In a now annual event, economists at Kellogg and the NU Econ Dept have been polled for their forecasts of who will win the Econ Nobel Prize next Monday. Jeff and I forgot to vote for each other but the rest of the predictions are below (the full write up is on the Kellogg Expertly Wrapped blog):
The Thomson-Reuters citation based predictions are Steve Ross, Tony Atkinson and Angus Deaton, and Robert Shiller.
NU and Kellogg have a large group of IO specialists and theorists. There is also a rich tradition in innovative work in incentive theory – Myerson, Holmstrom and Milgrom were at Kellogg in my department and did some of their best work here in the early 1980s.
So, I am somewhat discounting the latter three candidates with one caveat below. Tirole is also a perennial favorite given the IO bias. While I think all these researchers will get this prize eventually, their age works against them – they are too young. they did seminal work at a time when Duran Duran ruled the airwaves or perhaps the Smiths in the case of Tirole. The Nobel Committee is still sorting out the time when ABBA was Number One and Bjorn Borg won Wimbledon. (Note Swedish influence on pop culture was high in the 1970s!)
Surely there is the odd foray into the 1980s when a field has been overlooked (e.g. Krugman for new trade theory). Mechanism design, incentives have won several times so this works against them. But one might argue Tirole is the Krugman of IO (or that Krugman is the Tirole of trade given that new trade theory used oligopoly models!).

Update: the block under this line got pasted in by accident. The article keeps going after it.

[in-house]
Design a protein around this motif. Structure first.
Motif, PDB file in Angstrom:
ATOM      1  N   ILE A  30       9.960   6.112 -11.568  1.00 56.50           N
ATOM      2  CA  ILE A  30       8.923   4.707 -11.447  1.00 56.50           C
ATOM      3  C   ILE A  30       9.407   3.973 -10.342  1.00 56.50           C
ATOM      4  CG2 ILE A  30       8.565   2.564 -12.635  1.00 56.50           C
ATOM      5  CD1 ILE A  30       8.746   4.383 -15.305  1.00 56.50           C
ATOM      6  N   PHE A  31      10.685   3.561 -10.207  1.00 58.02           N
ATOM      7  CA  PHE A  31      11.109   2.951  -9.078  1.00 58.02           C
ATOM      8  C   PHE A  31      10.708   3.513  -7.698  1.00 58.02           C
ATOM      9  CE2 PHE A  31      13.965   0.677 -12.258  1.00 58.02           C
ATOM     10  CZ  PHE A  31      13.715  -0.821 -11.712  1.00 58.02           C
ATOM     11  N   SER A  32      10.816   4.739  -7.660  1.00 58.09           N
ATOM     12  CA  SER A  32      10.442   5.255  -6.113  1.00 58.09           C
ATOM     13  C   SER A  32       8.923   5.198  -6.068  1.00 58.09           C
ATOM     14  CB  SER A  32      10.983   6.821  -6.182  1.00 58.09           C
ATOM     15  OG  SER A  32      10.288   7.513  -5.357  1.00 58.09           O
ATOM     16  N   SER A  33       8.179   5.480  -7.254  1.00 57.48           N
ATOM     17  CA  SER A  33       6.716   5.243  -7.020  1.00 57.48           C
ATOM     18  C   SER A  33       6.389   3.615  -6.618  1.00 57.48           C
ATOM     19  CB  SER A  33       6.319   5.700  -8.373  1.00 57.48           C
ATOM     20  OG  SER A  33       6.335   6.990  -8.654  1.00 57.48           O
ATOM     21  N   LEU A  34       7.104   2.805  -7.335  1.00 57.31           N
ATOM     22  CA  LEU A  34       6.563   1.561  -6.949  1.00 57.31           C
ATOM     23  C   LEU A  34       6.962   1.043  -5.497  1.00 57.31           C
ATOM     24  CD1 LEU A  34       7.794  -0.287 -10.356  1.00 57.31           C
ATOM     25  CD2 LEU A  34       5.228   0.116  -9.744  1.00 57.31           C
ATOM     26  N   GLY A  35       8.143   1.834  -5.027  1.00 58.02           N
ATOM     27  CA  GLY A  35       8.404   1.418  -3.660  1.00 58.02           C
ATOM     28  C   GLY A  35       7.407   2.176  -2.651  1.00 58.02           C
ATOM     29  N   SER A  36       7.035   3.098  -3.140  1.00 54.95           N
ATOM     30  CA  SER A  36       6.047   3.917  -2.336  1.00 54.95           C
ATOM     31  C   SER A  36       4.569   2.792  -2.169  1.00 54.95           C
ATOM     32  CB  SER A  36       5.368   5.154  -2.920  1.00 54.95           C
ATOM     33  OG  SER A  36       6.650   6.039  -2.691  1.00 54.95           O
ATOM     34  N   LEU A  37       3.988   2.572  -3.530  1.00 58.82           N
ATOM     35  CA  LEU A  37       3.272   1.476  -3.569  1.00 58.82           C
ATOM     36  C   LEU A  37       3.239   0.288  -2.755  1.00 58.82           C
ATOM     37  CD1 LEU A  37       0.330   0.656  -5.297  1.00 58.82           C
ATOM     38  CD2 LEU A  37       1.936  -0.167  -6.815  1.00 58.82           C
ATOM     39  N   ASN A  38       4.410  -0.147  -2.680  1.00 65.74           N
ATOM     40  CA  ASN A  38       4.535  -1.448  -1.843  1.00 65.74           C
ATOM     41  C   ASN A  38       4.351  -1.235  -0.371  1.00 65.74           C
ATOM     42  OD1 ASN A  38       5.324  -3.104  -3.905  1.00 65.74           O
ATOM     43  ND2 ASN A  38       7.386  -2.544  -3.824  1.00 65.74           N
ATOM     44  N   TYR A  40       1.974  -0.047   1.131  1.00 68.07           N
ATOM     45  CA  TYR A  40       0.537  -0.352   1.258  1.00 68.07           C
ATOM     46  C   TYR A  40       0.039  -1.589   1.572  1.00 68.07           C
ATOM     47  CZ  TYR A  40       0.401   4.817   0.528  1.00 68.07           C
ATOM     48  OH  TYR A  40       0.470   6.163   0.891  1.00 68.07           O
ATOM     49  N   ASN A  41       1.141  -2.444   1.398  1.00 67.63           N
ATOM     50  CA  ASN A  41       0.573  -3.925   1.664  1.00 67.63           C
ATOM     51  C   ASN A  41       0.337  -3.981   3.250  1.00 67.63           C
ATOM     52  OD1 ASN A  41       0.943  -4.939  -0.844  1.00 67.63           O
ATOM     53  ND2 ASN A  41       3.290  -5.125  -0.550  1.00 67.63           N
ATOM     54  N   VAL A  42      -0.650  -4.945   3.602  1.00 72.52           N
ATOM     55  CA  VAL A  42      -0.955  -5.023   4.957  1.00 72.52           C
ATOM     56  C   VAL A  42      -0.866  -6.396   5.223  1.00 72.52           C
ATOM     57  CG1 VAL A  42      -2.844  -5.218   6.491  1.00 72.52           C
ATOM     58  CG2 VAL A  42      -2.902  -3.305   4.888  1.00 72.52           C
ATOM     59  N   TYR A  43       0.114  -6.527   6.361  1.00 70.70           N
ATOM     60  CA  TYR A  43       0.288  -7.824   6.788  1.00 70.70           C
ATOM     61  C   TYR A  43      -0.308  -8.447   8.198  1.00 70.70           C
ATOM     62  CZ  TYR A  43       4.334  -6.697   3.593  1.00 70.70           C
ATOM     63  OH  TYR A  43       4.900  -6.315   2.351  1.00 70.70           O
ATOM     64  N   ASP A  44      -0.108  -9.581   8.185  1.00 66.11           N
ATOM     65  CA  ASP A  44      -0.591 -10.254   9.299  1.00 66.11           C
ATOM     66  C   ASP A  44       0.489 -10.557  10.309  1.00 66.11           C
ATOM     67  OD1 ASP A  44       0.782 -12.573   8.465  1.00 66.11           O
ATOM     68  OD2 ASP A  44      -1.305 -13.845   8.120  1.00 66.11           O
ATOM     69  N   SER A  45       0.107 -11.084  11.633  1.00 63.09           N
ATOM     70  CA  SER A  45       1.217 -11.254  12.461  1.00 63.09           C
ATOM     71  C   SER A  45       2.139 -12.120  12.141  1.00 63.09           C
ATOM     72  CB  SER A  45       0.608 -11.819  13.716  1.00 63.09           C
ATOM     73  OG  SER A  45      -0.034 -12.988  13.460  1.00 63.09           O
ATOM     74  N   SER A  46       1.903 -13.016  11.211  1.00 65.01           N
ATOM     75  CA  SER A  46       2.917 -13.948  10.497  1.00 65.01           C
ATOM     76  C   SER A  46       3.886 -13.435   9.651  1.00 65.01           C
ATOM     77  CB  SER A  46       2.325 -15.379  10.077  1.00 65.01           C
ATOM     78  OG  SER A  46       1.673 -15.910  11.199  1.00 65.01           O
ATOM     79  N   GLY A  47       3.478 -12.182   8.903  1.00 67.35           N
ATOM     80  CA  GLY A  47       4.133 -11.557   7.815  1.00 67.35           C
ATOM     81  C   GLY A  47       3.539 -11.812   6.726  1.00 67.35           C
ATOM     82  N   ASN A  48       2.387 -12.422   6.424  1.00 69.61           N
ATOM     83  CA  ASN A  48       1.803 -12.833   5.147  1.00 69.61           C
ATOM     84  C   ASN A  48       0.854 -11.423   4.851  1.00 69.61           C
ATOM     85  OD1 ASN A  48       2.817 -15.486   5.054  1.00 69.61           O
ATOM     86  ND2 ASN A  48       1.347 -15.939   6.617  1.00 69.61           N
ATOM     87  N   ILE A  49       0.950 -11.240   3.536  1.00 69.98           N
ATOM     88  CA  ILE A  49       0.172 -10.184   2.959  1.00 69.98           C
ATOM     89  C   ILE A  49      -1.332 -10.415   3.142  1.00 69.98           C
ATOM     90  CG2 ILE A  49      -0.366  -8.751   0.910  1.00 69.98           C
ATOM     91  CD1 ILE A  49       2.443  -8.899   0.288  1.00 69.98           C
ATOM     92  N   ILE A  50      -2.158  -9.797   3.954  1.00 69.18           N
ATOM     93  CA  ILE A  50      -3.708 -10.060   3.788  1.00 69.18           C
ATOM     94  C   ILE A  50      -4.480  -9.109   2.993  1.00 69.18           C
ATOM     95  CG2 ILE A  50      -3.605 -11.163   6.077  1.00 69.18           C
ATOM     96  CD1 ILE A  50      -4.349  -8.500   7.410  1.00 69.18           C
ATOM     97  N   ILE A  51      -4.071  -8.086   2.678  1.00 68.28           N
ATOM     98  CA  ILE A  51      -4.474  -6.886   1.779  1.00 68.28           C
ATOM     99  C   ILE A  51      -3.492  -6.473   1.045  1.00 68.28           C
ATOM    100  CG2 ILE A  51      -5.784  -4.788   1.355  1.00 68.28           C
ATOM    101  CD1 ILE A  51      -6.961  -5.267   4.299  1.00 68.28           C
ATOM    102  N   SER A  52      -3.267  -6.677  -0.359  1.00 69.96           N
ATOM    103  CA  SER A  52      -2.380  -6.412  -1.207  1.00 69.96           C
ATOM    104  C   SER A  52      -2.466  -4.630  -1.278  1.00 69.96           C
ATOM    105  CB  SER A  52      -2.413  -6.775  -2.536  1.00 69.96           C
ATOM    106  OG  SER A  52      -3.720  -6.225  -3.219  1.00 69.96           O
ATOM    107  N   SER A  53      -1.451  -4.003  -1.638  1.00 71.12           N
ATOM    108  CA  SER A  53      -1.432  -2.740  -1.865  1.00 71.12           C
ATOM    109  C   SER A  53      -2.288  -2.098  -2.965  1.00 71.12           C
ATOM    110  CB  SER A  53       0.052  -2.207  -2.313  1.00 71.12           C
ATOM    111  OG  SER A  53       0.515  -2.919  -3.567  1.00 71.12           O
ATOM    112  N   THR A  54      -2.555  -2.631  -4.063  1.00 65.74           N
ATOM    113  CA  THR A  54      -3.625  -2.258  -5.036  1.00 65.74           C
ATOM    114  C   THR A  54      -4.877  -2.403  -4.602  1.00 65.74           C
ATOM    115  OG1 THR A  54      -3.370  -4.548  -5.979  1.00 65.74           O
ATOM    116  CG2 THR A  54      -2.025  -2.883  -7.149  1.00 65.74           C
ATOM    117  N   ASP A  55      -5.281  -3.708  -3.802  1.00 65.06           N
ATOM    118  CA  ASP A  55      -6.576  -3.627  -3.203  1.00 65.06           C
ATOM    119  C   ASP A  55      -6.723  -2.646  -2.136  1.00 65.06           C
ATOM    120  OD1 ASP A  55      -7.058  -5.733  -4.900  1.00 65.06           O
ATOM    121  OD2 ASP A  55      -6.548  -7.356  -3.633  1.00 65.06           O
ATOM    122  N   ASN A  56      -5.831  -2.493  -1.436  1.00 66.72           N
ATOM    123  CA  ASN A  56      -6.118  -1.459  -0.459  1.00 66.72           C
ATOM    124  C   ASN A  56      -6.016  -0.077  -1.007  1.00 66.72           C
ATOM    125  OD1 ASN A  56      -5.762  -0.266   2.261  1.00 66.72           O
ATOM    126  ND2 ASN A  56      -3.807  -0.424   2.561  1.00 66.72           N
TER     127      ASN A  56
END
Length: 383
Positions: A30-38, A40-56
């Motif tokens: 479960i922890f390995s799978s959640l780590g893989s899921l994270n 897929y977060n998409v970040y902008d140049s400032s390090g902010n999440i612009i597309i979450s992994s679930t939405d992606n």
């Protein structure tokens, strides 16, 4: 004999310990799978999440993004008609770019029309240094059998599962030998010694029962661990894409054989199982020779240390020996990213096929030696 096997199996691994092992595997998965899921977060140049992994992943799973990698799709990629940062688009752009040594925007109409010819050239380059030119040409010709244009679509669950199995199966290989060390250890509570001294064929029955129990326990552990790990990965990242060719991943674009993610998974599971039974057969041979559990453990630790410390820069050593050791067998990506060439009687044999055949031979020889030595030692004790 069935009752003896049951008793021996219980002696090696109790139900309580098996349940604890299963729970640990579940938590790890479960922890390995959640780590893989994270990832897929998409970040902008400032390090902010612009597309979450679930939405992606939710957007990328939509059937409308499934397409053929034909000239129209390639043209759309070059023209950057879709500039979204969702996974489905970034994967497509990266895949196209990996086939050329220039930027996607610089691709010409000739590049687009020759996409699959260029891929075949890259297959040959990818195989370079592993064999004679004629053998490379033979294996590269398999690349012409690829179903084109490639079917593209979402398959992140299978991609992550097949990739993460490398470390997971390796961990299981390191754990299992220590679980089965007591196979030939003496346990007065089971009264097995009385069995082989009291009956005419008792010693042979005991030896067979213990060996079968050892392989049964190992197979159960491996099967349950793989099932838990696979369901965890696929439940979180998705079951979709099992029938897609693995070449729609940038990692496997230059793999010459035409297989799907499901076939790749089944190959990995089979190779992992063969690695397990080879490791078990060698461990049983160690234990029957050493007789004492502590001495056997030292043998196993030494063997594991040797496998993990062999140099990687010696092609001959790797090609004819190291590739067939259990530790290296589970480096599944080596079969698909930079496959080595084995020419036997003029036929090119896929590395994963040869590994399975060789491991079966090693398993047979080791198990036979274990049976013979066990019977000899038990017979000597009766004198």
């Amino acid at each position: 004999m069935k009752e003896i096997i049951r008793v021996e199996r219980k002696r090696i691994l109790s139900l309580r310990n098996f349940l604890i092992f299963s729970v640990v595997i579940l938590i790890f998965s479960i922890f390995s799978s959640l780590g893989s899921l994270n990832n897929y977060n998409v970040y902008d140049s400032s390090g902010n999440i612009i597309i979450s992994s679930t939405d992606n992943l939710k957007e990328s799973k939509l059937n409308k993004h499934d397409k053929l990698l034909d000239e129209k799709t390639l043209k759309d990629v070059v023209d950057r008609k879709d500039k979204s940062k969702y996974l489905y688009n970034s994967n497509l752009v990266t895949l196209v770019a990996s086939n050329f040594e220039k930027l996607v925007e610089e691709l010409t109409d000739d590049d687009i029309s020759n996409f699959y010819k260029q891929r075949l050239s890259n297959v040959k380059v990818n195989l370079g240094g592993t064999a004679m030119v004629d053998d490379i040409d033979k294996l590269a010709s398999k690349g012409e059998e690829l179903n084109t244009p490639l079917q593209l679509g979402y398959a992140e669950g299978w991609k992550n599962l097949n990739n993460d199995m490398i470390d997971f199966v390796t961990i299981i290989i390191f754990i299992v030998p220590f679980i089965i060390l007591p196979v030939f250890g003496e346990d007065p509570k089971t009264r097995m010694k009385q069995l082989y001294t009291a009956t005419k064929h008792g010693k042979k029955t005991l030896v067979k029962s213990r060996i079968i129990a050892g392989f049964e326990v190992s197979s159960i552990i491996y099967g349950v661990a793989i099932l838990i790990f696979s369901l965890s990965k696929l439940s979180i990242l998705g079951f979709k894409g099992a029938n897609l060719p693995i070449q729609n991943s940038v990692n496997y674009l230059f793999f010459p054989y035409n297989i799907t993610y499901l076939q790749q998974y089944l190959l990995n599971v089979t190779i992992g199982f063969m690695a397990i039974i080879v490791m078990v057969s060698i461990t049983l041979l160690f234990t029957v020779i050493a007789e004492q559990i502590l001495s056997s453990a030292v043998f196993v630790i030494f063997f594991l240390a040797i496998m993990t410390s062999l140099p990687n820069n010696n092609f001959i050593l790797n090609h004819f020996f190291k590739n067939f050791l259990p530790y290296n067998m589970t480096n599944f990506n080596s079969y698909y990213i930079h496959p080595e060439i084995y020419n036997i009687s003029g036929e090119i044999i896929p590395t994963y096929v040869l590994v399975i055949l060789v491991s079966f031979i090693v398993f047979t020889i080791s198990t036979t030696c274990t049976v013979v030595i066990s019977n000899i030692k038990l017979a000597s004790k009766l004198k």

So, that brings Tirole back in as a prediction.
The age factor also means Bob Wilson, an intellectual hero for all of us who do economic theory, is more likely than others on this list. Holmstrom and Milgrom (and Roth?) are his students and they were inspired by his tutelage and research agenda. He also worked with David Kreps. So, some prize organized around Wilson might be another possibility.
I am completely discounting the Thomson-Reuters predictions because (1) finance people can’t get the prize so soon after the financial crisis even if they do behavioral fiance like Shiller and (2) there was a recent Growth and Development Nobel Symposium and it is too soon to give a prize to Deaton or Atkinson after that – the Committee needs to think it over.
I personally think the prize will go to Econometrics because there hasn’t been one since Engel and Granger. I have no expertize in the field so I won’t hazard a guess.